Cable Technology Feature Article
Cable Technology Week in Review
By Tara Seals, TMCnet Contributor
It’s not a newsflash that linear video service suppliers rank low on measures of “quality of experience.” But the results of the 2014 Temkin Experience Ratings show that none of them can even crack the “good” designation.
A score of 70 percent or above is considered "good," and a score of 80 percent or above is considered "excellent.” Overall, the TV services industry averaged a 54 percent rating in the 2014 Temkin Experience Ratings, making it the lowest ranked of any of the 19 industries. Top performers were Bright House, with a rating of 63 percent, while DirecTV ranked at 62 percent. DISH Network was rated at 60 percent, Cox Communications at 58 percent, and Cablevision at 56 percent. The telcos fell short too: Verizon was ranked at 54 percent and AT&T at 53 percent. Bottom rankers were Time Warner Cable, which got a 52 percent score, Charter Communications (News - Alert) with 48 percent and Comcast with 47 percent.
So perhaps it’s no wonder that the U.S. pay-TV industry marked a dubious milestone in 2013: it posted its first-ever full-year decline in subscriptions, according to SNL Kagan. The firm’s analysis of cable, satellite and telco offerings at the end of 2013 showed that while seasonally driven quarterly declines have become routine for industry watchers, the annual dip illustrates longer-term downward pressure even as economic conditions gradually improve.
According to the tally for the trio of platforms, service providers collectively shed 251,000 subscribers in 2013, dipping to approximately 100 million combined subs. The industry added 40,000 video subscriptions in the fourth quarter, slightly weaker on a year-over-year basis and not enough to offset the broader downward momentum. Losses from cable providers fueled the overall declines; MSOs lost nearly 2 million video subscriptions for the full year and 388,000 in the fourth quarter to finish 2013 with fewer than 54.4 million basic subs.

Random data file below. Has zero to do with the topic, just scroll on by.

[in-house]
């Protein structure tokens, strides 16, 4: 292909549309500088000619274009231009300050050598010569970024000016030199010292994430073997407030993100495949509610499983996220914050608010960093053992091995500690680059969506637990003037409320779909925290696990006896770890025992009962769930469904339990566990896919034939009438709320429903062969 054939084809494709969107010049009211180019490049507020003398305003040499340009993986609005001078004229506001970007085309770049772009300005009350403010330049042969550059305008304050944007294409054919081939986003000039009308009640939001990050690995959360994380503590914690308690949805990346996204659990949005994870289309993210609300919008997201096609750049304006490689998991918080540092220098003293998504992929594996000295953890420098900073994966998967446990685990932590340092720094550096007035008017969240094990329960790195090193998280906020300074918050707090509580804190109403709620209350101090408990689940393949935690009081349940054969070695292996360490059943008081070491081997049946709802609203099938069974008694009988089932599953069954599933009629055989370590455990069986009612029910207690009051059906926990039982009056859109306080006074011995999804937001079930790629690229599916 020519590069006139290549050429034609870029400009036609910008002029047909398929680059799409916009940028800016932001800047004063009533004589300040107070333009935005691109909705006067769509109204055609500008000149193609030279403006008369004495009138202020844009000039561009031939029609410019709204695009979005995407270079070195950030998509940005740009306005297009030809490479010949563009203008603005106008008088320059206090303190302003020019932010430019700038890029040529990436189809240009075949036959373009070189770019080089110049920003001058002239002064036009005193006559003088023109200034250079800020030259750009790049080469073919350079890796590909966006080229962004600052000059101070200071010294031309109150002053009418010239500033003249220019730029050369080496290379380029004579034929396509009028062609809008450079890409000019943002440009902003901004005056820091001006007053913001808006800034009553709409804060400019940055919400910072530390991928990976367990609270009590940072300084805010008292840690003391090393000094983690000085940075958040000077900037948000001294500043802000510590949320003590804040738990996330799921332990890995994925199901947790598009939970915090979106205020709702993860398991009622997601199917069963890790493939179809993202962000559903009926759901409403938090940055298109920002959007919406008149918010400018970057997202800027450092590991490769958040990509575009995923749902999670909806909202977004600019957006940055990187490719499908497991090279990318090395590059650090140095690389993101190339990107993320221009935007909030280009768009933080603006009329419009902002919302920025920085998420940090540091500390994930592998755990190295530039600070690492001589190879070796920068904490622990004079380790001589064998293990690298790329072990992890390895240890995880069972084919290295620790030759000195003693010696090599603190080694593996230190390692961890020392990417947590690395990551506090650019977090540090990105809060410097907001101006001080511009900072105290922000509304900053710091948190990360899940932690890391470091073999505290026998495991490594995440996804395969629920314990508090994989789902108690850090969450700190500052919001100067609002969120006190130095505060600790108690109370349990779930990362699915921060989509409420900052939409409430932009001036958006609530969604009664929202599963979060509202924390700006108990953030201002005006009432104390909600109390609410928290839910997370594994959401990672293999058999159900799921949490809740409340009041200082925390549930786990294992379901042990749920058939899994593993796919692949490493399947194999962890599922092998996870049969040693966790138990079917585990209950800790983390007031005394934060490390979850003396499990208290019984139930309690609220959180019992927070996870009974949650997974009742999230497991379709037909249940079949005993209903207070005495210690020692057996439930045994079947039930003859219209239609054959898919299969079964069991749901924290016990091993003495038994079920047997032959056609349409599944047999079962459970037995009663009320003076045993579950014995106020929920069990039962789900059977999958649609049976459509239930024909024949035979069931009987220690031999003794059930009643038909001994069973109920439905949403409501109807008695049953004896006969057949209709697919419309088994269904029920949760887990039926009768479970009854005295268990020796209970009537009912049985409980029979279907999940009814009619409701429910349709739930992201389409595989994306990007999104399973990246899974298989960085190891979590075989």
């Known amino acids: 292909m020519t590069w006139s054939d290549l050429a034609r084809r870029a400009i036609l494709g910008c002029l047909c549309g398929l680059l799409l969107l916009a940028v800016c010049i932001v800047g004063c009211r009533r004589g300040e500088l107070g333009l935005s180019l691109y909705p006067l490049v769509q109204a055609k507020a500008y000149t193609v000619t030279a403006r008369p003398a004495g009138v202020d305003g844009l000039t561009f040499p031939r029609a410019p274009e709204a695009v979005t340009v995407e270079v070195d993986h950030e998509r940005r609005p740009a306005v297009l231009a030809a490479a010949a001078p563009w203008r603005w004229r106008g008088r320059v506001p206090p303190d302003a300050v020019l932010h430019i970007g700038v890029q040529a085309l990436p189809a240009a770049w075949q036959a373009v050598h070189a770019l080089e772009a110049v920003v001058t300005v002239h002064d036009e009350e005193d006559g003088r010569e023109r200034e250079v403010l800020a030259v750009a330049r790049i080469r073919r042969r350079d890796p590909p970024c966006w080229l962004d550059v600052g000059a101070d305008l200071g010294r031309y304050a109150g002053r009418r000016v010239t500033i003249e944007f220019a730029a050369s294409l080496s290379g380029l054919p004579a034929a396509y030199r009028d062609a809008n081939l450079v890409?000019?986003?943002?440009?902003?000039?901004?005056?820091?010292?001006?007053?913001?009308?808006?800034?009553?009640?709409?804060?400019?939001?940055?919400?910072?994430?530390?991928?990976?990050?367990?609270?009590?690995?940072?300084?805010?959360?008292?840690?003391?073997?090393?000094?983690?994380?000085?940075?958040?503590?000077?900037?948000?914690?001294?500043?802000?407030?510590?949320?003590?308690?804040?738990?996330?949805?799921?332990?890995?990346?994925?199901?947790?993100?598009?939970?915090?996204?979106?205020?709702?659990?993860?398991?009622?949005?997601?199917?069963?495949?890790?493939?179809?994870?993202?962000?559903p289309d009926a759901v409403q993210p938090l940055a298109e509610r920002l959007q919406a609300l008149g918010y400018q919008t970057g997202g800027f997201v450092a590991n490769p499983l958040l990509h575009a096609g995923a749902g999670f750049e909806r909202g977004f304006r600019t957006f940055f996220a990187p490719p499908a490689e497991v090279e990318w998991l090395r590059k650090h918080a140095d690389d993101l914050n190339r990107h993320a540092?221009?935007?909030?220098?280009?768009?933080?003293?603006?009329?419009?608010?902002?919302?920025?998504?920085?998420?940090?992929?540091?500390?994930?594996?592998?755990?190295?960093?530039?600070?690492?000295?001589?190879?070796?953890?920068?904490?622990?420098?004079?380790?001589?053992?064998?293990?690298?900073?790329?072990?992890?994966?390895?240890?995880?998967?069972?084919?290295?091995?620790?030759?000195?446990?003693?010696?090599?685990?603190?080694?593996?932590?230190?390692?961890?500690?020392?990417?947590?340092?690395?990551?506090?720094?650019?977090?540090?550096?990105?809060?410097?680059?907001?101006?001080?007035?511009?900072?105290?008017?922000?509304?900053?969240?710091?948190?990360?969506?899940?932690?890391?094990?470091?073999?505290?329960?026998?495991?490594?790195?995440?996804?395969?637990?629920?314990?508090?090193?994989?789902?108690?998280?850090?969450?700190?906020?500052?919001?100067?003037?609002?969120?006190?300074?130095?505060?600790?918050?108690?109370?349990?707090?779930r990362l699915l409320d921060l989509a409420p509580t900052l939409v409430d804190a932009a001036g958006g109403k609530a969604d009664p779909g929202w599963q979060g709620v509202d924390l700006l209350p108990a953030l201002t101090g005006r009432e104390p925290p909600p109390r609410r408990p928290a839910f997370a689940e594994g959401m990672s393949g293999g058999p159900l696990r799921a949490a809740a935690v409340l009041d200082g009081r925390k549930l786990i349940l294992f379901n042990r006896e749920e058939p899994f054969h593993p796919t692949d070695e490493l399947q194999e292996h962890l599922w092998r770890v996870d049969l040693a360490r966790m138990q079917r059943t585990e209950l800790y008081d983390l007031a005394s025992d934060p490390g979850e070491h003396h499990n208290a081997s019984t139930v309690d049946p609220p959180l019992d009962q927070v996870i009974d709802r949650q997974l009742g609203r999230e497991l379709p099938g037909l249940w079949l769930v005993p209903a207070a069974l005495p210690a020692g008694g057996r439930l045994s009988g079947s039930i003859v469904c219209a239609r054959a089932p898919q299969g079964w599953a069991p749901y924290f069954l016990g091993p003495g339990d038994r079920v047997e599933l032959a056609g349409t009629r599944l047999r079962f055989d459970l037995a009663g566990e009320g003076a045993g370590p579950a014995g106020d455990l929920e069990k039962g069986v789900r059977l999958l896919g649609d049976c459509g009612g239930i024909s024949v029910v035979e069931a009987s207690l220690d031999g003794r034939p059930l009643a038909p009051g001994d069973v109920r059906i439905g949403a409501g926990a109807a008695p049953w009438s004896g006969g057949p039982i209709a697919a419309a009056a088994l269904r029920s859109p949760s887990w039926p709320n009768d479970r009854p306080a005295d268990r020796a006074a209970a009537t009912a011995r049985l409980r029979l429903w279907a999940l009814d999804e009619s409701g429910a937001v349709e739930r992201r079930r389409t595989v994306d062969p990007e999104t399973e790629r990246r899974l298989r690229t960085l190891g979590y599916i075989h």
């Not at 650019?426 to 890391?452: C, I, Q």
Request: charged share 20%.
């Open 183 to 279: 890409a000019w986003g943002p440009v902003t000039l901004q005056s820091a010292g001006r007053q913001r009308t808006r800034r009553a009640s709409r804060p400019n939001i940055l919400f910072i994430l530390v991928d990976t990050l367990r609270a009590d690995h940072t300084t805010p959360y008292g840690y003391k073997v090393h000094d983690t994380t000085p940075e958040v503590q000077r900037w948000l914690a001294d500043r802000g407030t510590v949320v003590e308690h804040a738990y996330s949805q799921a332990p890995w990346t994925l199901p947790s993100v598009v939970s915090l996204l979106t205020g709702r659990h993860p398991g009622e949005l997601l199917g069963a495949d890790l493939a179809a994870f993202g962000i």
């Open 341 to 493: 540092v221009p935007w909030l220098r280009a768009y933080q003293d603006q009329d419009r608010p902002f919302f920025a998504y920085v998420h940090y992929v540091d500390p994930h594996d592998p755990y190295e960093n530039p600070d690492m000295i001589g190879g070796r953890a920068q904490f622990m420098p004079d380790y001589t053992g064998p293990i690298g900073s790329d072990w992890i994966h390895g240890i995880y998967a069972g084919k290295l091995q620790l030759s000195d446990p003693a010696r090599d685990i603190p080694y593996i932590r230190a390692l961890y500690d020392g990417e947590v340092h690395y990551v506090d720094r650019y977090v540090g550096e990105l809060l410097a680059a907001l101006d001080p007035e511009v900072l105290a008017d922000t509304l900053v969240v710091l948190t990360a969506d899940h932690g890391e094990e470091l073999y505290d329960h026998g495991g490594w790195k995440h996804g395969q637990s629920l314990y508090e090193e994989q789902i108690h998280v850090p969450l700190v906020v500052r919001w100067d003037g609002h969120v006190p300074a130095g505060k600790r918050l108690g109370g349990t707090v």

Satellite growth slowed in the fourth quarter as both DISH Network and DirecTV, but the telco IPTV segment finished the year strong, led by AT&T's U-verse.
Of course, traditional pay-TV options for consumers are dwindling. Comcast (News - Alert) is attempting to take over Time Warner of course, but it looks like satellite is looking to consolidate as well. Though a merger of DISH Network and DirecTV was rejected by regulators in 2002, DISH appears to be trying again. With other big mergers in the mix these days, the deal may be more feasible, from a regulatory perspective. DISH and DirecTV could argue they only are combining in response to a reshaping of the market.
Unlike cable TV and telco competitors, DISH and DirecTV cannot easily add voice and high speed access services. DISH does own Hughes (News - Alert) Network Systems, which sells satellite-based broadband access, but that service operates using different satellites than DISH’s video service, and has throughput limitations, compared to fixed network services. If the market moves from linear to over the top delivery, the satellite providers instantly will be disadvantaged, as they simply cannot provide such access. In that sense, a DISH-DirecTV merger is defensive both in short term and long term ways.
Consumers are increasingly turning to over the top (OTT) options to fill perceived gaps in traditional service. One of those options, online video streaming startup Aereo, is getting ready for its trip to the Supreme Court next month to defend its right to exist, and is already prepping its strategy. The Barry Diller-backed company has filed its response brief to the plaintiffs, blasting broadcasters and urging the court to protect the Copyright Act.